If you choose an Advantage plan, you are definitely restricted about where you can go for health care. An Advantage plan is a totally different thing from a supplemental plan that goes with regular Medicare.
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There are people specially trained to help people select the "package" (or no added supplemental options) Called SHIP counselors (Senior Health Insurance Program)It might be worth your time to talk to them They are not "beholden" to any company so they should give you the options that are best for your mom.
Search SHIP counselor and then your State.
I am surprised that she is not getting 1000 phone calls a day and your mailbox is not overflowing with cards and letters. (some looking very official)
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AlvaDeer Jul 1, 2023
Wow, grandma, thanks. I wasn't aware of this. I had no idea this existed. This is why AC is the great site it is!!!!

https://acl.gov/programs/connecting-people-services/state-health-insurance-assistance-program-ship
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FWIW It is beyond mucho importante that you sign up for MediCARE at age 65 - EVEN IF - you do not activate it. Like you still have employer sponsored health insurance coverage. You will get the Medicare Part A card & it is “in force” even though it may not necessarily be used as you have employer sponsored coverage.

If you don’t do this, you will have a penalty attached to your Medicare later on in the form of a premium to Part A, which is usually free for like 95++% of us and additional cost to the Part B premium. This is what Barb posted about. It’s permanent!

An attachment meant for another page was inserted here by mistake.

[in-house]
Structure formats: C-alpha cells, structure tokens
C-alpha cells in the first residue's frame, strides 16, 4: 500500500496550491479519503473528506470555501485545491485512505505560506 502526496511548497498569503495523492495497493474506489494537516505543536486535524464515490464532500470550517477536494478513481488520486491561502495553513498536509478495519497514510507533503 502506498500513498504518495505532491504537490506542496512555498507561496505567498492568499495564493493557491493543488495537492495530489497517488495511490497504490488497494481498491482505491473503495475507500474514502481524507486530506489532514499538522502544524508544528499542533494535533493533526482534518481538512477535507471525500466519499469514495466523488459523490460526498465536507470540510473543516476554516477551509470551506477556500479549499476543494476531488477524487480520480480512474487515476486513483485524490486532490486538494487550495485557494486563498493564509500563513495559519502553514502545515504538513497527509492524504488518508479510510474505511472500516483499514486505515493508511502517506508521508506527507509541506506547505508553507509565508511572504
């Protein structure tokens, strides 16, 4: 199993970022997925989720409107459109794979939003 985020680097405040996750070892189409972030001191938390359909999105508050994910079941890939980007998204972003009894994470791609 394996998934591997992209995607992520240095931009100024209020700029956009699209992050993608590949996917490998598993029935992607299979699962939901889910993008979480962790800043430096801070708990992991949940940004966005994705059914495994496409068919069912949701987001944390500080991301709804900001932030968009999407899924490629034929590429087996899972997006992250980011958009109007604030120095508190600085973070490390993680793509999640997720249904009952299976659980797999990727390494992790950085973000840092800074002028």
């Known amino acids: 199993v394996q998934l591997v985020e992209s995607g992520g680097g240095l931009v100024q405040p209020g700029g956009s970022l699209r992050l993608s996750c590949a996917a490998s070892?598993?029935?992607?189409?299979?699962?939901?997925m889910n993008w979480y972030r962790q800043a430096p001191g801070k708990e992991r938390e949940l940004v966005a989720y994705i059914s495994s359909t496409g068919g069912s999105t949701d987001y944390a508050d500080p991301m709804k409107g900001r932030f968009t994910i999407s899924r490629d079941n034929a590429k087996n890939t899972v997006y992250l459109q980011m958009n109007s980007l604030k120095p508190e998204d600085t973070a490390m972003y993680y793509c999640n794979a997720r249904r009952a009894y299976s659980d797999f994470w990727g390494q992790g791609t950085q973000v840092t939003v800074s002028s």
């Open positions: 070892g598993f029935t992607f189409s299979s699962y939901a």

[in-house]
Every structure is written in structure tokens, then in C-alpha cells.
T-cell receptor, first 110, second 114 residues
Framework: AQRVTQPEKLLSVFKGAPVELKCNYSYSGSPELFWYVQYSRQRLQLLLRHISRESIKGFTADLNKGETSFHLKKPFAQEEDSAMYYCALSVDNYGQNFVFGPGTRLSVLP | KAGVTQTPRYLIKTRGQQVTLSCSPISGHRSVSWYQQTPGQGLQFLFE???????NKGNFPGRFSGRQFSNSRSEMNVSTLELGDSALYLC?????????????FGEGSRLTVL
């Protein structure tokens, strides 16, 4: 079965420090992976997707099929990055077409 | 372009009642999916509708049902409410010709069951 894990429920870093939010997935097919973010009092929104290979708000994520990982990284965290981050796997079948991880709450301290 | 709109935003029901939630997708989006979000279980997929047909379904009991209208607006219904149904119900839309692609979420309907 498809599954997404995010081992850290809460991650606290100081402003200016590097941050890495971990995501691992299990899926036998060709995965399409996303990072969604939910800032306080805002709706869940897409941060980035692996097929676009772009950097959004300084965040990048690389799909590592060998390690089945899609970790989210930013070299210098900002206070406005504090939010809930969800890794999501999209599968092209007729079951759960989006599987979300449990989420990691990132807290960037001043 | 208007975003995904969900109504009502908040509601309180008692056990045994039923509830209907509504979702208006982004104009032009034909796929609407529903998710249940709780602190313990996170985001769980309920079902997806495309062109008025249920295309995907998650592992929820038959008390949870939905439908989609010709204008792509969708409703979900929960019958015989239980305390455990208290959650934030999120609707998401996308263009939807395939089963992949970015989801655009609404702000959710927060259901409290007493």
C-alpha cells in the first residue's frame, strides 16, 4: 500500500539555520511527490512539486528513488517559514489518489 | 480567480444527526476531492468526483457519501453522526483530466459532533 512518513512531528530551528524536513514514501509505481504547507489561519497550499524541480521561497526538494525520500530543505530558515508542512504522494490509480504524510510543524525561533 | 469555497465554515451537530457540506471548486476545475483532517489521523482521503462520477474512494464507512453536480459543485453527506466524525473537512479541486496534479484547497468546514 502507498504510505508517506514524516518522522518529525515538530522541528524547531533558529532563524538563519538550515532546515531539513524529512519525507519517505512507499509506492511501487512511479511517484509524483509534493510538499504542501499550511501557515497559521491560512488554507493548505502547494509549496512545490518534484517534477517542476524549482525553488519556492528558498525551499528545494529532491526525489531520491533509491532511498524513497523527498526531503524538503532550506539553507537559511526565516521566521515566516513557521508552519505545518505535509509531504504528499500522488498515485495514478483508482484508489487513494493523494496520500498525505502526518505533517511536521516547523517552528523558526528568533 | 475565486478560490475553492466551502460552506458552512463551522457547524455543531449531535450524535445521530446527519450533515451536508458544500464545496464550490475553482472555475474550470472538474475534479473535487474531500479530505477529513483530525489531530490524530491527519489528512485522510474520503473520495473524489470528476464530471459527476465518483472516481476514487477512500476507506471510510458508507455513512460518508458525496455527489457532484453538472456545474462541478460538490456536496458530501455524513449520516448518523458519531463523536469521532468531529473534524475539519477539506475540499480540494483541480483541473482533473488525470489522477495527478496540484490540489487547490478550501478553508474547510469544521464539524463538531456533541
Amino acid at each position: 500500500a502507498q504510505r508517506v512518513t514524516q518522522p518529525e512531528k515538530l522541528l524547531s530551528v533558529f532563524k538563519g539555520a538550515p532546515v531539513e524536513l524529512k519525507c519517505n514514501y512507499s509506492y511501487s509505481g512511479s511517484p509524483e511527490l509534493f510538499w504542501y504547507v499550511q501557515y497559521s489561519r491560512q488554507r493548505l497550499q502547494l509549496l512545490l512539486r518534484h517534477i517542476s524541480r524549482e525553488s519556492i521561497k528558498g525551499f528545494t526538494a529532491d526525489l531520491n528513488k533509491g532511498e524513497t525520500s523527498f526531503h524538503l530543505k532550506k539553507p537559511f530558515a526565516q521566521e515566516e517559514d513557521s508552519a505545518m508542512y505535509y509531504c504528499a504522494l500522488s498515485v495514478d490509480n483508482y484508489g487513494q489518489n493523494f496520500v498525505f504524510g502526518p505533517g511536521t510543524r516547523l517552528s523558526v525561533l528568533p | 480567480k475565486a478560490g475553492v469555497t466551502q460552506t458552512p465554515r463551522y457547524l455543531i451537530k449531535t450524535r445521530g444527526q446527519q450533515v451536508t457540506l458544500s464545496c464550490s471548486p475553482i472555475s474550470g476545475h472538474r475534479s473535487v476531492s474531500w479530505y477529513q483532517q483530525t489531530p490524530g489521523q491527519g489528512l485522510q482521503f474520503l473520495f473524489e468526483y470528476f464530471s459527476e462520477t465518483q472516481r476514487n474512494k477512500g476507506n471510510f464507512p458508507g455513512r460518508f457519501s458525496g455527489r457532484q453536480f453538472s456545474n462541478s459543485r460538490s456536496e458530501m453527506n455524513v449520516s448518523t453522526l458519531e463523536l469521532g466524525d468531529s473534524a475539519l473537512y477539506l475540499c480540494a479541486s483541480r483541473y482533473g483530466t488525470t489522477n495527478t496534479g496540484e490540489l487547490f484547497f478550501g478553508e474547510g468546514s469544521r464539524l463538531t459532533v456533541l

IRS Form 1095-C Employer Sponsored Health Insurance should be provided to you for every tax year from your employer. This proves you had a fully comparable health insurance to Medicare for every year once age 65. And when you finally do fully activate MediCARE, they may ask for these otherwise the penalty can get affixed. 1095-C should have the names and last 4 SS# on everyone covered under the employer policy and if fully covered all 12 months.

Also personally I would never ever, like no way, do a Medicare Advantage plan. At least for where I live, Advantage Plans are not at all in a competitive marketplace, so they are very narrow on providers & clinics. The whole “in network” requirement on Advantage is waaaay restrictive if you do any degree of travel or find yourself with needing complex care (so need to see several actual specialists and sub-specialists). Advantage needs to run on least costly care which overwhelmingly means Family Medicine docs & NPs - which can be fine - but are no substitute for a Rheumatologist, Endocrinologist or an actual Internal Medicine doc as your PNP if ya need that level of diagnostic care. Unless you’re in a big big city over 1M with lots of competition, Advantage Plans are shite, imho.
Plus when ya finally fit that eventuality of needing a facility Advantage plans won’t carry over into NH. So you if you’re still cognizant enough or your kids - if you’re not - end up having to deal with getting out of the Medicare Advantage maze.
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ThomasY Jul 2, 2023
Thank you for the detailed explanation. I be waiting on hold for awhile, but I am calling SS and Medicare next week.
I turn 65 next month and am still working.
By the way, I like airline gift cards, 27 year old scotch, and fishing gear. :)
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It’s extremely important that your mother signs up for Medicare three months before she turns 65 years of age. If your mother does not sign up for Medicare at 65 years of age she will incur a penalty from Medicare.

You need to go to Medicare.gov to sign up for your mother and get all of the information you need about Medicare.